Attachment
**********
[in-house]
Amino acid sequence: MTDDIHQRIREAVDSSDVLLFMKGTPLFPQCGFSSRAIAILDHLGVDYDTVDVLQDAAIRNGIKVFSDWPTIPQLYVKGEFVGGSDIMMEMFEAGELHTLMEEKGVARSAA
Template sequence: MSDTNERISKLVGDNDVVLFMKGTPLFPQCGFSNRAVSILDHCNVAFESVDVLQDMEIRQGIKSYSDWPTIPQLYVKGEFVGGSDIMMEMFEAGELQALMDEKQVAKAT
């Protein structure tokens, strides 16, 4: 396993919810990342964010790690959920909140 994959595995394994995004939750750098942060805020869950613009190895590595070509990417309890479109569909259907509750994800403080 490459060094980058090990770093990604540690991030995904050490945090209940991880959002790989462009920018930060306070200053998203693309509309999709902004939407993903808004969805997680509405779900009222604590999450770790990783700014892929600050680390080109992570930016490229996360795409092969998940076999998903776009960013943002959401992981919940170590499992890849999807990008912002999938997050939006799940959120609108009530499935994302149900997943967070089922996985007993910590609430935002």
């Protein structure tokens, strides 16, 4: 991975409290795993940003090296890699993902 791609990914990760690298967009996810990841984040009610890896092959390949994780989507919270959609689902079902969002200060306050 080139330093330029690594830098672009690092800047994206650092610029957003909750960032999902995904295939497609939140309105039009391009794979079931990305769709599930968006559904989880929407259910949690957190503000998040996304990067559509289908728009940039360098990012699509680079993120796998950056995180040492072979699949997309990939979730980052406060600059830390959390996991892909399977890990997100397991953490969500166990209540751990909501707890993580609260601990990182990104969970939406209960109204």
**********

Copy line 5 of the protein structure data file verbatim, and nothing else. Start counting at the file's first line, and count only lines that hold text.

């Protein structure tokens, strides 16, 4: 991975409290795993940003090296890699993902 791609990914990760690298967009996810990841984040009610890896092959390949994780989507919270959609689902079902969002200060306050 080139330093330029690594830098672009690092800047994206650092610029957003909750960032999902995904295939497609939140309105039009391009794979079931990305769709599930968006559904989880929407259910949690957190503000998040996304990067559509289908728009940039360098990012699509680079993120796998950056995180040492072979699949997309990939979730980052406060600059830390959390996991892909399977890990997100397991953490969500166990209540751990909501707890993580609260601990990182990104969970939406209960109204």